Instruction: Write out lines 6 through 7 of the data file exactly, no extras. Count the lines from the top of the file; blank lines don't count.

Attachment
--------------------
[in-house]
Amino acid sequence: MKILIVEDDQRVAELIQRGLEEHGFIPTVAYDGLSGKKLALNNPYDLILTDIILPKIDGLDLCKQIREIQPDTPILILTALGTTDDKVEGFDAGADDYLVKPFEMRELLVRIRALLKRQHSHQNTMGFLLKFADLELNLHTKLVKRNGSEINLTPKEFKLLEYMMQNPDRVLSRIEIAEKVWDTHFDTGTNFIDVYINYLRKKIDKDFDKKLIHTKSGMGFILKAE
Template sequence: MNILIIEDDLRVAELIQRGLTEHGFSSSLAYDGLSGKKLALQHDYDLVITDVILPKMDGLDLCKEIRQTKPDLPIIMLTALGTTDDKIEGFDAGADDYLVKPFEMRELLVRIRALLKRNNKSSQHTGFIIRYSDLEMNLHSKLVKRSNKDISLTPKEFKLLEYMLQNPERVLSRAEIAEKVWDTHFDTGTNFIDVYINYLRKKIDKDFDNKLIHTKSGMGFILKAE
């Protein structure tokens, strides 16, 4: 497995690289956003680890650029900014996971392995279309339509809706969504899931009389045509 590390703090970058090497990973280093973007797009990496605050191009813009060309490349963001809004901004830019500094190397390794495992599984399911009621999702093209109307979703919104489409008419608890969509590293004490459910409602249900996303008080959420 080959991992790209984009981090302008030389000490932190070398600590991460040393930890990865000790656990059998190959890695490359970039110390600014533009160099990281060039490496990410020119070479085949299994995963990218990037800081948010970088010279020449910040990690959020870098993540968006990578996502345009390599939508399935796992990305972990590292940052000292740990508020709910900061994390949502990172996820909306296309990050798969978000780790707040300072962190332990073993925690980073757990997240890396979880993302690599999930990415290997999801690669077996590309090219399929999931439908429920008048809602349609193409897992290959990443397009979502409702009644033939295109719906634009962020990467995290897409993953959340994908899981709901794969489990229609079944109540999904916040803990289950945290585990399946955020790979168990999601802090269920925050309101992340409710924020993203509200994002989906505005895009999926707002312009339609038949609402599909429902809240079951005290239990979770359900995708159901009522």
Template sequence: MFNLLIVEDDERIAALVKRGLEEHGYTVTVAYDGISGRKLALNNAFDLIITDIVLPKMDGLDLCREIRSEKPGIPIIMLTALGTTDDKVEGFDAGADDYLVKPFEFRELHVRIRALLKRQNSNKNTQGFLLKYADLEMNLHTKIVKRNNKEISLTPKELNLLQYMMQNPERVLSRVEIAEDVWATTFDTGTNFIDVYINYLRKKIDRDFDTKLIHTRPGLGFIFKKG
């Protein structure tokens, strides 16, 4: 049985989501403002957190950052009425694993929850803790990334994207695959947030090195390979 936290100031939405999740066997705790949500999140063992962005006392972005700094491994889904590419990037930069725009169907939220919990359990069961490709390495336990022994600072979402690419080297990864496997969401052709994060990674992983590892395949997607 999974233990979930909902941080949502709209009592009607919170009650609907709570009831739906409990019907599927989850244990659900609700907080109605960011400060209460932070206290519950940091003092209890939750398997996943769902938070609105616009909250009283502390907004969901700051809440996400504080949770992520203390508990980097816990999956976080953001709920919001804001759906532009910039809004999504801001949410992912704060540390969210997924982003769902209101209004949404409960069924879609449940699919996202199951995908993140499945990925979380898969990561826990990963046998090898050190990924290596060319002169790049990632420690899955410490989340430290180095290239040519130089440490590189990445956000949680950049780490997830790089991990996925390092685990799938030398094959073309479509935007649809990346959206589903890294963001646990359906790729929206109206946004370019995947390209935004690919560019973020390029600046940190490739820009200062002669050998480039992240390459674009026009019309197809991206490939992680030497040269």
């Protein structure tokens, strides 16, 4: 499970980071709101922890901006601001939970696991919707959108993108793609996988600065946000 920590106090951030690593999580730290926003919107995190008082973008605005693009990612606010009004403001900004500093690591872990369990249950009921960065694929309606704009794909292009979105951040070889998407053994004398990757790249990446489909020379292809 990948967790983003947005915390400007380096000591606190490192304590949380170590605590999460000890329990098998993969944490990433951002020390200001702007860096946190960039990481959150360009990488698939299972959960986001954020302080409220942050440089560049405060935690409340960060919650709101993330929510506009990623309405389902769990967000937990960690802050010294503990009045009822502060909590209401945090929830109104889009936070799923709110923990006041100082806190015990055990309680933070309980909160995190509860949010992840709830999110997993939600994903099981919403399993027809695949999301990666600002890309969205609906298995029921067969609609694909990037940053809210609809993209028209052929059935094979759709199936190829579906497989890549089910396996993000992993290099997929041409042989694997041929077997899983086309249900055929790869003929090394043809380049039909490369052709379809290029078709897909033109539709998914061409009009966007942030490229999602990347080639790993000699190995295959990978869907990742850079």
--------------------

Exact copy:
């Protein structure tokens, strides 16, 4: 049985989501403002957190950052009425694993929850803790990334994207695959947030090195390979 936290100031939405999740066997705790949500999140063992962005006392972005700094491994889904590419990037930069725009169907939220919990359990069961490709390495336990022994600072979402690419080297990864496997969401052709994060990674992983590892395949997607 999974233990979930909902941080949502709209009592009607919170009650609907709570009831739906409990019907599927989850244990659900609700907080109605960011400060209460932070206290519950940091003092209890939750398997996943769902938070609105616009909250009283502390907004969901700051809440996400504080949770992520203390508990980097816990999956976080953001709920919001804001759906532009910039809004999504801001949410992912704060540390969210997924982003769902209101209004949404409960069924879609449940699919996202199951995908993140499945990925979380898969990561826990990963046998090898050190990924290596060319002169790049990632420690899955410490989340430290180095290239040519130089440490590189990445956000949680950049780490997830790089991990996925390092685990799938030398094959073309479509935007649809990346959206589903890294963001646990359906790729929206109206946004370019995947390209935004690919560019973020390029600046940190490739820009200062002669050998480039992240390459674009026009019309197809991206490939992680030497040269």
């Protein structure tokens, strides 16, 4: 499970980071709101922890901006601001939970696991919707959108993108793609996988600065946000 920590106090951030690593999580730290926003919107995190008082973008605005693009990612606010009004403001900004500093690591872990369990249950009921960065694929309606704009794909292009979105951040070889998407053994004398990757790249990446489909020379292809 990948967790983003947005915390400007380096000591606190490192304590949380170590605590999460000890329990098998993969944490990433951002020390200001702007860096946190960039990481959150360009990488698939299972959960986001954020302080409220942050440089560049405060935690409340960060919650709101993330929510506009990623309405389902769990967000937990960690802050010294503990009045009822502060909590209401945090929830109104889009936070799923709110923990006041100082806190015990055990309680933070309980909160995190509860949010992840709830999110997993939600994903099981919403399993027809695949999301990666600002890309969205609906298995029921067969609609694909990037940053809210609809993209028209052929059935094979759709199936190829579906497989890549089910396996993000992993290099997929041409042989694997041929077997899983086309249900055929790869003929090394043809380049039909490369052709379809290029078709897909033109539709998914061409009009966007942030490229999602990347080639790993000699190995295959990978869907990742850079």